Will write you a short letter today to let you know how we are &c. “Sissy” is rather better than when writing before but is pretty sore yet, and badly broken out. We have decided it is the chicken pox that is the matter with her. The Dr. has said all of the time it looked so but he could not tell as she had scratched herself so much but says now it is the chicken pox plain enough. She is having it pretty bad but not as bad as some. She is quite worrisome yet and wants to scratch herself all of the time — is restless nights and gets provoked because she cannot scratch all she wants to. I do up her arms and legs in linen rags and sweet oil, and she wears rags for stockings. She is getting to sleep better days and her sores are healing considerable now. She has been so that she would not sleep out of my arms but a few minutes at a time, but hope now she will soon get back in the old track. She is quite playful a part of the time, goes out every day. Think in a few days more that she will get so that her sores will not trouble her. I did not know the chicken pox was so bad. I asked her about Jimmy. She remembered about him, put out her finger and pointed to the door. She has waked up after sleeping about two hours — has company now to play with her.
I have a sad accident to tell you about. The Seminole (the Wednesday’s Mail Steamer between here and Savannah) was burnt while lying at the wharf at Jacksonville. It was not discovered until she was almost a blaze. The passengers barely had time to get out. It happened Thursday night between eleven and twelve. They do not know how it took fire. Scarecely any of the passengers saved any of their baggage. In fact, nothing was saved. The anvils all burned. Hubbard has lost $325.00. He sent some money to Savannah by the Captain. He was to put it into the safe which he did. The safe burst open and it has all gone. Pretty big loss for us just now. A good many are losers here by the accident. It is said that she never left here so heavily loaded before. Will send you Savannah papers containing the particulars when we get them. She was the newest and finest boat on the line. It is a great loss.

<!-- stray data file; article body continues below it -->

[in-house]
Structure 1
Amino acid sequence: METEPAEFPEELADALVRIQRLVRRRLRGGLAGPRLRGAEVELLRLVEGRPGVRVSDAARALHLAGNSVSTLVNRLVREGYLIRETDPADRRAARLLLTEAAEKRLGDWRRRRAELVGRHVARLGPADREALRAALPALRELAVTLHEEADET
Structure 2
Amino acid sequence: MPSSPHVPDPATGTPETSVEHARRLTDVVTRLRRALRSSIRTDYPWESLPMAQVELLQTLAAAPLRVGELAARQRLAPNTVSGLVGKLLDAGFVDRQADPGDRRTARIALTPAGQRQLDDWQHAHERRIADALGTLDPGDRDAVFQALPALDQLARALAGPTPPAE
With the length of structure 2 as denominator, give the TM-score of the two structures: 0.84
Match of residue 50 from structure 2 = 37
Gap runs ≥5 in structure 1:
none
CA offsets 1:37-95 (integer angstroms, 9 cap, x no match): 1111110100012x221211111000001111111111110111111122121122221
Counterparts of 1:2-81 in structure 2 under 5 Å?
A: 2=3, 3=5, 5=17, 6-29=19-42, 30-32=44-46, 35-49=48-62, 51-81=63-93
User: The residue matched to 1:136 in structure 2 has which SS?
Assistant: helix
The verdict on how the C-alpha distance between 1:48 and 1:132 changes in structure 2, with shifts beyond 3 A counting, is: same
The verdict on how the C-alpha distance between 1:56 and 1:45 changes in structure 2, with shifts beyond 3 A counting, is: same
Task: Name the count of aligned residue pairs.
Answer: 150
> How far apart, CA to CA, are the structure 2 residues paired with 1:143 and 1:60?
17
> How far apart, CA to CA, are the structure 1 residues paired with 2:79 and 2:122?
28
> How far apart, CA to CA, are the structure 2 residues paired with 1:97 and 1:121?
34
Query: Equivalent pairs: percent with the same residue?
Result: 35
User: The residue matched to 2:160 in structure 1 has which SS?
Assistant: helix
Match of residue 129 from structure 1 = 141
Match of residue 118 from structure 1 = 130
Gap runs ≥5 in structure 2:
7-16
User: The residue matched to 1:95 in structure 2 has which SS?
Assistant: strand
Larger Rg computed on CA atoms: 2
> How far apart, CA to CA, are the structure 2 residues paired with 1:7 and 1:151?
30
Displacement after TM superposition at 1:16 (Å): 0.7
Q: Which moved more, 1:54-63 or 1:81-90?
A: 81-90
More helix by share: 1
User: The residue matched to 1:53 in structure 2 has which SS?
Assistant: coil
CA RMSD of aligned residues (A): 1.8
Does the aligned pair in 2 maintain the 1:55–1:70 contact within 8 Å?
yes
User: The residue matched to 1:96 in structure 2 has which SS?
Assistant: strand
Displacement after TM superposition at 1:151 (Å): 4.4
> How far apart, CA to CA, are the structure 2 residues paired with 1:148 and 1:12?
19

We received your last letter last Sunday. Have always had to wait until Wednesday before for them. Also a paper. We are having some very warm weather for a few days. Think you have had much warmer weather than last winter this far. Would liked to have been home at Thanksgiving. Should think you had quite a French party, Would like to have seen them. Winslow has not written to me yet. By the way, I wis you would send me Ann Maria’s address. I have forgotten the number.
How did the Oyster Supper go off? How long was Father gone at Woodstock? Should think you had a pretty big boy. Am glad to hear the birds are doing so well. Would like some of your apples now. Get a few once in a while. How suffered Charley Wheeler to change his mind? Should think they treated Midd Taft rather bad. Is Helen married yet? We received the Lady’s Book papers &c.
I have finished Sissy’s dress and almost made another apron. My sewing gets along very slow — especially since Sissy has been sick. Have had to hold her a good deal. Hope to do more the next three weeks. Mr. Long and Henny are well. Mr. Long says he should like a glass of your cider. Believe I have told you all that has happened since writing you before. Hubbard’s cough is better. Takes cold pretty easy. Then he coughs more. Sends his regards to all. Recon you will not think much of our sending papers. I always take all my time to write and Hubbard generally gets in a hurry and forgets them. He has written seven letters and yet writing. Sissy has gone to play with the children in the hall. Believe now she in in Mr. Long’s room. Write soon. Excuse this. I have written in a great hurry and with a mean pen. Will try and send some papers this time. Love to all. Sissy sends her love and a kiss. Recon if we do fail, you will see us next summer. Will write again next Sunday.
With the love of Sissie